Directed by Steven Soderbergh.
Starring Claire Foy, Joshua Leonard, Jay Pharaoh, Juno Temple, and Amy Irving.
Having relocated to the city for her new job, Sawyer (Claire Foy) visits a mental health institution in order to have someone to talk to about her feelings, but before she knows it, is voluntarily committed and placed on a ward where she has to convince people she’s not insane.
Steven Soderbergh has always had a predilection for employing low-fi filmmaking techniques, having used hand-held cameras for Haywire and Contagion, and now he’s following in the footsteps of Sean Baker’s Tangerine, by filming Unsane on the iPhone. However, that’s not the most forward thinking aspect of this effective exercise in B-Movie thrills.
One of the first films to be produced in the wake of the MeToo and TimesUp movements; Unsane uses this landscape as a foundation upon which to tell a tale about repeatedly dismissing a woman’s story as insanity, and the emotional toll it takes on someone who feels increasingly isolated by a system that chooses to ignore them, or rush to judgement. It’s fair to say that this is as relevant a piece of filmmaking, as it is just straight up thriller.
When it comes to the latter, Soderbergh’s decision to shoot on a mobile phone pays off stylistically. The voyeuristic nature of shots framed as if a POV, or the off-kilter close-ups, give Unsane a claustrophobic, unsettling vibe that works in tandem with the way the story unfolds.
The fresh from retirement director also uses some nifty techniques with which to play with your perception of what’s real or not, to make even the viewer doubt the reliability of Sawyer’s mental state. There are a lot of reflective surfaces, most notably during a driving scene in which Foy can be viewed in multiple mirrored panels, planting the seed of a fractured personality for a character we know very little about. Add to that the feedback on some character dialogue, and the buzzing of luminous lights, and the film starts to become insidiously creepy.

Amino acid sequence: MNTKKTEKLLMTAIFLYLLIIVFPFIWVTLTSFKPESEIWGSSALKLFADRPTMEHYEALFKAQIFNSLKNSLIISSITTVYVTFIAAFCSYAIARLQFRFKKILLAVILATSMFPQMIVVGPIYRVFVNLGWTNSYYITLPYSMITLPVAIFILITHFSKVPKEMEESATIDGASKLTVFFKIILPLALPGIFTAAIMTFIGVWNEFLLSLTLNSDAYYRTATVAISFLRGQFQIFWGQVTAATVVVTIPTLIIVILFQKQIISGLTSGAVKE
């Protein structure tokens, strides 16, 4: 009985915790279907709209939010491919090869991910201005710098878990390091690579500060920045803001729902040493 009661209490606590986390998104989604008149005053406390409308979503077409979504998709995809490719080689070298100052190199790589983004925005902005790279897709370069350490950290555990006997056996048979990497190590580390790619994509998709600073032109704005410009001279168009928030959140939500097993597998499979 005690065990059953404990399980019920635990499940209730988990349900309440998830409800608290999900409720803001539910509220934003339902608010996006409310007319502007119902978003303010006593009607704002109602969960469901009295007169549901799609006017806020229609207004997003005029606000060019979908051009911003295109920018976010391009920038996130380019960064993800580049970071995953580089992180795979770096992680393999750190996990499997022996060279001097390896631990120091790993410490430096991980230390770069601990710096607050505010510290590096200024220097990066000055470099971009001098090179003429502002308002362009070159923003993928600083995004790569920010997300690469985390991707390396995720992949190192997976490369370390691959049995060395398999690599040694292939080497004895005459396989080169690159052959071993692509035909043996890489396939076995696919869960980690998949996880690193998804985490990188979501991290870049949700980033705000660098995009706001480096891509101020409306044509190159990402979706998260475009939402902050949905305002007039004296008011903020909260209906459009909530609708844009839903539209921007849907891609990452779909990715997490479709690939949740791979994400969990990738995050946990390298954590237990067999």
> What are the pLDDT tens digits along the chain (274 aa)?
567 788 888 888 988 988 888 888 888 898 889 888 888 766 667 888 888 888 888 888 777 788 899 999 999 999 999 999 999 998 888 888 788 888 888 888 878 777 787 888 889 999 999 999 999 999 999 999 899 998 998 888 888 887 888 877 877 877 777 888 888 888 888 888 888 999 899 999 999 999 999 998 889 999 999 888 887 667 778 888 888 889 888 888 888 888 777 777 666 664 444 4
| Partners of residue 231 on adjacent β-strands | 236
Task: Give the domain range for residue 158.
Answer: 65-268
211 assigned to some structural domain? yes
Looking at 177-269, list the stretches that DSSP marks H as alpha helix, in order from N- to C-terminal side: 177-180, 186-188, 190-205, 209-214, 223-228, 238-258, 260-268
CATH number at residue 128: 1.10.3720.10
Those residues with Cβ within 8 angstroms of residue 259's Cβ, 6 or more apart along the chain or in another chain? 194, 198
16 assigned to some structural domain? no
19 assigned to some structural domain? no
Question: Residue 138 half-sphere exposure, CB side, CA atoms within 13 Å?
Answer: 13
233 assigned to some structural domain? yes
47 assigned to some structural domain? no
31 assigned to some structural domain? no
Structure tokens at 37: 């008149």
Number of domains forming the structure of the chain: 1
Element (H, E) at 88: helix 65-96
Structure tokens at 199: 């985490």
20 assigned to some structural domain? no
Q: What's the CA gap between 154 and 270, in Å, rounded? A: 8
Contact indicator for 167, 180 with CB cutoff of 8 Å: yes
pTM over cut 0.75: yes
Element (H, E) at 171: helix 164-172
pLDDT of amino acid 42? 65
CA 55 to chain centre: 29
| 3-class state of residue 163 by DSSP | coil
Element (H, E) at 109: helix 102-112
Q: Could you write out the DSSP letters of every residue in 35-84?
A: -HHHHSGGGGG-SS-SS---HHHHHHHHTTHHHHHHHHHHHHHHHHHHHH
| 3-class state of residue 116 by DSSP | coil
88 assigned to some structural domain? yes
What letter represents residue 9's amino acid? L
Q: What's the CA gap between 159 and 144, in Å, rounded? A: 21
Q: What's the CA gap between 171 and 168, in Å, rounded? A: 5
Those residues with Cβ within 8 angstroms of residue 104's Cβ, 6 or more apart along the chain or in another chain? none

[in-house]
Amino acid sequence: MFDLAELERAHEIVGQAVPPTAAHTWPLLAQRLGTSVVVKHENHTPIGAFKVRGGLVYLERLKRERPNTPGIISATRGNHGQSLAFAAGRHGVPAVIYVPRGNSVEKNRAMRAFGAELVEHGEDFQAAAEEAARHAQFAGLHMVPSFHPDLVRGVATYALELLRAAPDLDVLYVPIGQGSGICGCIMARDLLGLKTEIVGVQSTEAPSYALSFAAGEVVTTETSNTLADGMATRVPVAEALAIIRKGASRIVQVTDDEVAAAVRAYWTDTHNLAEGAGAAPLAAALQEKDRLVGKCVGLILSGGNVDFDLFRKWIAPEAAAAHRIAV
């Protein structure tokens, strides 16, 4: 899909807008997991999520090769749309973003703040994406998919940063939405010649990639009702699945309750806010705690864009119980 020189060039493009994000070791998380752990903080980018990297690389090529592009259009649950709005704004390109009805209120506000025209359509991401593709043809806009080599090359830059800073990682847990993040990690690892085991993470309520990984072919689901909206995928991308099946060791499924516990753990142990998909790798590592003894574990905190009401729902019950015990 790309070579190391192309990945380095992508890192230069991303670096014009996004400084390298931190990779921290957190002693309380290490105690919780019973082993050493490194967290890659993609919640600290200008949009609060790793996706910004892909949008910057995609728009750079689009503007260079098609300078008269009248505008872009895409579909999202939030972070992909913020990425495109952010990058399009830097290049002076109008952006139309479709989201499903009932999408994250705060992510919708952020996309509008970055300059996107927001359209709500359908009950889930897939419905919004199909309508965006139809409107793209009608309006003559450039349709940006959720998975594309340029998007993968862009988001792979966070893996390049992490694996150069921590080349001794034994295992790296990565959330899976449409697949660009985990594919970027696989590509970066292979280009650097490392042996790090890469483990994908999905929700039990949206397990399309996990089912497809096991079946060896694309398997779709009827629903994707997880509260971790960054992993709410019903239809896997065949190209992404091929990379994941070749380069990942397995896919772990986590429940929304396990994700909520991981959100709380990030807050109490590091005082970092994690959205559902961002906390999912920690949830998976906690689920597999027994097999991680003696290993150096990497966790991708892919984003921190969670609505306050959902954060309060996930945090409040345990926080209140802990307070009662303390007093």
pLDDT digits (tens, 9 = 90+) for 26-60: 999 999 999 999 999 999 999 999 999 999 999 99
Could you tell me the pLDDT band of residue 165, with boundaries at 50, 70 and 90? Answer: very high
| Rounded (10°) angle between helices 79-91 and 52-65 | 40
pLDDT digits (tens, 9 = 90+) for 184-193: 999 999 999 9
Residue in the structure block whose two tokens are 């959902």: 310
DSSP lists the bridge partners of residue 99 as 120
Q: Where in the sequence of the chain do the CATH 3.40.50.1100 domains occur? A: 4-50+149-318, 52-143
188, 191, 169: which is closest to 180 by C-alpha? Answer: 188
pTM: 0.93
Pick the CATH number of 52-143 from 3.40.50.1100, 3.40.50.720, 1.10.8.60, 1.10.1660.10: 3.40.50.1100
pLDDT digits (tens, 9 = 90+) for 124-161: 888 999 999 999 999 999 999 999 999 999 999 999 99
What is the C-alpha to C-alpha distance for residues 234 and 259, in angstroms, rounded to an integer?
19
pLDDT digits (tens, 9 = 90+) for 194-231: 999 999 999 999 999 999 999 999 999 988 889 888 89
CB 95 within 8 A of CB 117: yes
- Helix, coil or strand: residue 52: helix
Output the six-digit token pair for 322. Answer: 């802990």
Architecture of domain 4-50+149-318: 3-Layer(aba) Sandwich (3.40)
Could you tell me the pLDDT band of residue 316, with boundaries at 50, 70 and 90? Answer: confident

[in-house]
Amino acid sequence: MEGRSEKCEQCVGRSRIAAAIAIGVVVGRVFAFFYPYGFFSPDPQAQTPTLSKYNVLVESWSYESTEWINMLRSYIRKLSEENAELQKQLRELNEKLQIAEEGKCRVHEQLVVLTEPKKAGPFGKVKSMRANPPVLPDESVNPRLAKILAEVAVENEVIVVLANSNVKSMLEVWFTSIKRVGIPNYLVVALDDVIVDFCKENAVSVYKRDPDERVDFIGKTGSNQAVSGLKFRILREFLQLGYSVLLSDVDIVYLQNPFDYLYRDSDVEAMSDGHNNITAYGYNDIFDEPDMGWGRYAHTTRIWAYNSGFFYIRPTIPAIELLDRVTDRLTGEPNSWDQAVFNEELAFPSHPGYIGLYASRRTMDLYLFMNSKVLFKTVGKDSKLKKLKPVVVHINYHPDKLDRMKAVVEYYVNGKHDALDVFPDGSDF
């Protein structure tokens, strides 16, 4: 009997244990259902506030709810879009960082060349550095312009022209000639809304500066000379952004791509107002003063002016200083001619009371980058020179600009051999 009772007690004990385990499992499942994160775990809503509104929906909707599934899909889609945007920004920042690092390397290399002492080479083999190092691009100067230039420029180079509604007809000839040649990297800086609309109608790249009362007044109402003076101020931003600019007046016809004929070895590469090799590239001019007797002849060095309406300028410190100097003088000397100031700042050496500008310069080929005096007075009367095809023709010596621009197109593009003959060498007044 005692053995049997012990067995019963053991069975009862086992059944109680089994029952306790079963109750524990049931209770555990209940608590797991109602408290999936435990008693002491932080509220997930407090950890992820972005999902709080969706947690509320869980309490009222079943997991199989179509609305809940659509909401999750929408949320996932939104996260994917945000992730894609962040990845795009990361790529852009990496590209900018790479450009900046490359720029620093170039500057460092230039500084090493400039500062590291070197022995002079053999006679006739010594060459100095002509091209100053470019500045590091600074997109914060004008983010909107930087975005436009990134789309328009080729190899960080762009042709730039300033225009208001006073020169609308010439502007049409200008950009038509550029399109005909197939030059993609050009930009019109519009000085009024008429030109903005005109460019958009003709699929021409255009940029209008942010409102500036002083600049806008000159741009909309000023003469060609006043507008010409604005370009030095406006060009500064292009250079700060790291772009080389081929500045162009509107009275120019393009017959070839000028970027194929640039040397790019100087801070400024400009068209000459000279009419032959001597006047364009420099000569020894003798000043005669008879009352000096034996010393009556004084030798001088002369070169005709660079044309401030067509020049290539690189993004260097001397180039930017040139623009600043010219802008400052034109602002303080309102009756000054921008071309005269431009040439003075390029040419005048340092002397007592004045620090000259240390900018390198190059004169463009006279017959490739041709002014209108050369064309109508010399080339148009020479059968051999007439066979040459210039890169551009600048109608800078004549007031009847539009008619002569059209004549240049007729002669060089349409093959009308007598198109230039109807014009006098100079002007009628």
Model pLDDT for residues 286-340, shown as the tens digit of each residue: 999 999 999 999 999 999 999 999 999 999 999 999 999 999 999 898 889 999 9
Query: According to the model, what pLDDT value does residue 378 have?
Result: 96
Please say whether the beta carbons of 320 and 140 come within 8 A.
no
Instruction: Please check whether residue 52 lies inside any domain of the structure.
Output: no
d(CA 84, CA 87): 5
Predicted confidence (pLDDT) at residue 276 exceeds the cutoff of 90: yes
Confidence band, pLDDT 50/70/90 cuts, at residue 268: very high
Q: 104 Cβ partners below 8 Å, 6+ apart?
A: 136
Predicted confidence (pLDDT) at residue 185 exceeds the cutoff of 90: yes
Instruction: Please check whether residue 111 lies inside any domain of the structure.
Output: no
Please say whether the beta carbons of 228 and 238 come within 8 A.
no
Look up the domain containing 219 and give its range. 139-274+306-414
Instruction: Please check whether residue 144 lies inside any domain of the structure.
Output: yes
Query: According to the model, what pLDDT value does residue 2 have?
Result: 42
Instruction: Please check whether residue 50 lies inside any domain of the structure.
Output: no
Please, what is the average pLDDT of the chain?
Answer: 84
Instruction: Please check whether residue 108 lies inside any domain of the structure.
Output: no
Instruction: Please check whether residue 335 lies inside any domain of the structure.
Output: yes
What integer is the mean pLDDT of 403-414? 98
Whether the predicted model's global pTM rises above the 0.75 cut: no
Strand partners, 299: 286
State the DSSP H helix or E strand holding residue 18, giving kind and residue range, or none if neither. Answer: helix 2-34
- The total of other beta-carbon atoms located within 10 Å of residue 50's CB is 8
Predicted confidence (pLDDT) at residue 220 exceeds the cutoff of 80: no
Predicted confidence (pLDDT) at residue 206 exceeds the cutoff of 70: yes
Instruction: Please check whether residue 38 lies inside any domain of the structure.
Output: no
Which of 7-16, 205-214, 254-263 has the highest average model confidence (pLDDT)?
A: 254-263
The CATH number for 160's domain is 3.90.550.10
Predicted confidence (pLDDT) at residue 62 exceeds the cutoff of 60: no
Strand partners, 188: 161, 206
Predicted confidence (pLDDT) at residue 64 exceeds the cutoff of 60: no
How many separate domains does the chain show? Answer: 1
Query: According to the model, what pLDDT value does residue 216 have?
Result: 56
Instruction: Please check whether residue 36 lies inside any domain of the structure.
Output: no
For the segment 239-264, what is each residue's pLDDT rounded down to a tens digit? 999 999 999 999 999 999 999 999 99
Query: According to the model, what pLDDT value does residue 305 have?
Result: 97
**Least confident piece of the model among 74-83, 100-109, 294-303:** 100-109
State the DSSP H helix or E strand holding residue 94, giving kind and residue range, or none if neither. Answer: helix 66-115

Of course, none of it would work without Claire Foy, casting off her regal dresses for pumps, pyjamas, and a performance of wide-eyed intensity. She feels so real, with histrionics justified, and her occasional bursts of violence quite distressing. Running the full gamut of emotions, it’s a turn of Linda Hamilton in Pescadaro State Hospital brilliance.
The performances around her are also good – SNL’s Jay Pharaoh, The Blair Witch Project’s Joshua Leonard, and Juno Temple – but to reveal why might veer into spoiler territory.
The ending is perhaps bogged down by an adherence to formula, with a padded cell finale that’s just a little drawn out, before evolving into something all-too-generic considering the steady hand subtlety of the previous hour. These are minor quibbles though, because Unsane remains a timely little gut-punch piece of entertainment, all fronted by an outstanding Foy.
Flickering Myth Rating – Film ★ ★ ★ ★ / Movie ★ ★ ★ ★